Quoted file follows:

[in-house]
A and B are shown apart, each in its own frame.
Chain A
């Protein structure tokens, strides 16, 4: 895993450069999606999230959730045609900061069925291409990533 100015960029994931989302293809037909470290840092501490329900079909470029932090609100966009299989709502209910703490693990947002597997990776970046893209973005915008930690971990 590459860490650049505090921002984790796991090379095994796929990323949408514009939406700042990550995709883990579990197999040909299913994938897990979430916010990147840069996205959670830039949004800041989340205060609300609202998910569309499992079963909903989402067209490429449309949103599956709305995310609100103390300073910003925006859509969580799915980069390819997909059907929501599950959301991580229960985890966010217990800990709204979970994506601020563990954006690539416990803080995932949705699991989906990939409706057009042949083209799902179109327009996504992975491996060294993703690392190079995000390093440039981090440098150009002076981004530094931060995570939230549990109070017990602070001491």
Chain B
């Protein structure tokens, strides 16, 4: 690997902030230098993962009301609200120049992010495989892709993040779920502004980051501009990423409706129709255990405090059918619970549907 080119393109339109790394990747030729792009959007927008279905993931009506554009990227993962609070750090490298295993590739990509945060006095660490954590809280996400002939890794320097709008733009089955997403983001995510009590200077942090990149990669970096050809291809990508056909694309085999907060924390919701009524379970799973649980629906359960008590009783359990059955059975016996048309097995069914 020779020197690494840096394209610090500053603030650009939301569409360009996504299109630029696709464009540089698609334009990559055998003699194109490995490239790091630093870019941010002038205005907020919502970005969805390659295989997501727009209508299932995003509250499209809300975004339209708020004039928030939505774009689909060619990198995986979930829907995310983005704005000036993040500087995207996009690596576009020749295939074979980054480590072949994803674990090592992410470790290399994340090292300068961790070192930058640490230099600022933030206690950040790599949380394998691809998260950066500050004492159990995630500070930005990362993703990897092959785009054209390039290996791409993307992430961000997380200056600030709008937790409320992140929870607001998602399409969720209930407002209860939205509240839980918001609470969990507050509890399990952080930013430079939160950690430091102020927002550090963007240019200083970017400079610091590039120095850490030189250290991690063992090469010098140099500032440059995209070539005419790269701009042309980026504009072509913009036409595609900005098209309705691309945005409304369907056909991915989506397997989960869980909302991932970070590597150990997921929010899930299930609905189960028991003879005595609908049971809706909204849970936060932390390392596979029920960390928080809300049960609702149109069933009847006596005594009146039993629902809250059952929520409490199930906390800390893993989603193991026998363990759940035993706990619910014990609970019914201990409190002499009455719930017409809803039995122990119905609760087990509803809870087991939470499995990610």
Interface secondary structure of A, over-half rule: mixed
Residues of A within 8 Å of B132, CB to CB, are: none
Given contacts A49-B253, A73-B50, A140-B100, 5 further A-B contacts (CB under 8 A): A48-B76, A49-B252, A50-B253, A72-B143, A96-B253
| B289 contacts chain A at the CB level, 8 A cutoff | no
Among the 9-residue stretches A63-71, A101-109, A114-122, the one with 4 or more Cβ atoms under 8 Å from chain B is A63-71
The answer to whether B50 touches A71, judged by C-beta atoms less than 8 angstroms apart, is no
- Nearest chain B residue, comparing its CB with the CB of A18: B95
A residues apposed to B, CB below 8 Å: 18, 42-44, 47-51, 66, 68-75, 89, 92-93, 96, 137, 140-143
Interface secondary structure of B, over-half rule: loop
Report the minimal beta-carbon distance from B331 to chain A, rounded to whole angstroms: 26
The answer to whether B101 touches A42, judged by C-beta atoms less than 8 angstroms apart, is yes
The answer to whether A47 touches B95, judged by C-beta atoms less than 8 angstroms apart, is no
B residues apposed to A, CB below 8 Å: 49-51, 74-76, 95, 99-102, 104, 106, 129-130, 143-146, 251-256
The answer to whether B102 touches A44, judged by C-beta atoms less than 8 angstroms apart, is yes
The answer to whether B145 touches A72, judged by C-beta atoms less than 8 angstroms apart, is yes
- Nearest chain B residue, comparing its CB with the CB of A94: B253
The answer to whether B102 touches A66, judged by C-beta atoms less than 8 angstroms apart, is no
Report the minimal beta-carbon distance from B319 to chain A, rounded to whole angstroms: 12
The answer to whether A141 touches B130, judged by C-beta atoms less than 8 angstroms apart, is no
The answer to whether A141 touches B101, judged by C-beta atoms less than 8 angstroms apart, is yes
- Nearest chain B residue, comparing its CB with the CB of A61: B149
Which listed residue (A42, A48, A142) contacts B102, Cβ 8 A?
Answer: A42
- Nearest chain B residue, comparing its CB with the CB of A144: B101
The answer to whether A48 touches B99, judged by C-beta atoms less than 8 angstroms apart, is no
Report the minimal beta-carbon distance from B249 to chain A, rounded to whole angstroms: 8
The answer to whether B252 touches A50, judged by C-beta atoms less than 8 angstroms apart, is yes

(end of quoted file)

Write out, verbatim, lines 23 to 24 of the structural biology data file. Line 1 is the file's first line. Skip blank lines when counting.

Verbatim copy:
The answer to whether B102 touches A66, judged by C-beta atoms less than 8 angstroms apart, is no
Report the minimal beta-carbon distance from B319 to chain A, rounded to whole angstroms: 12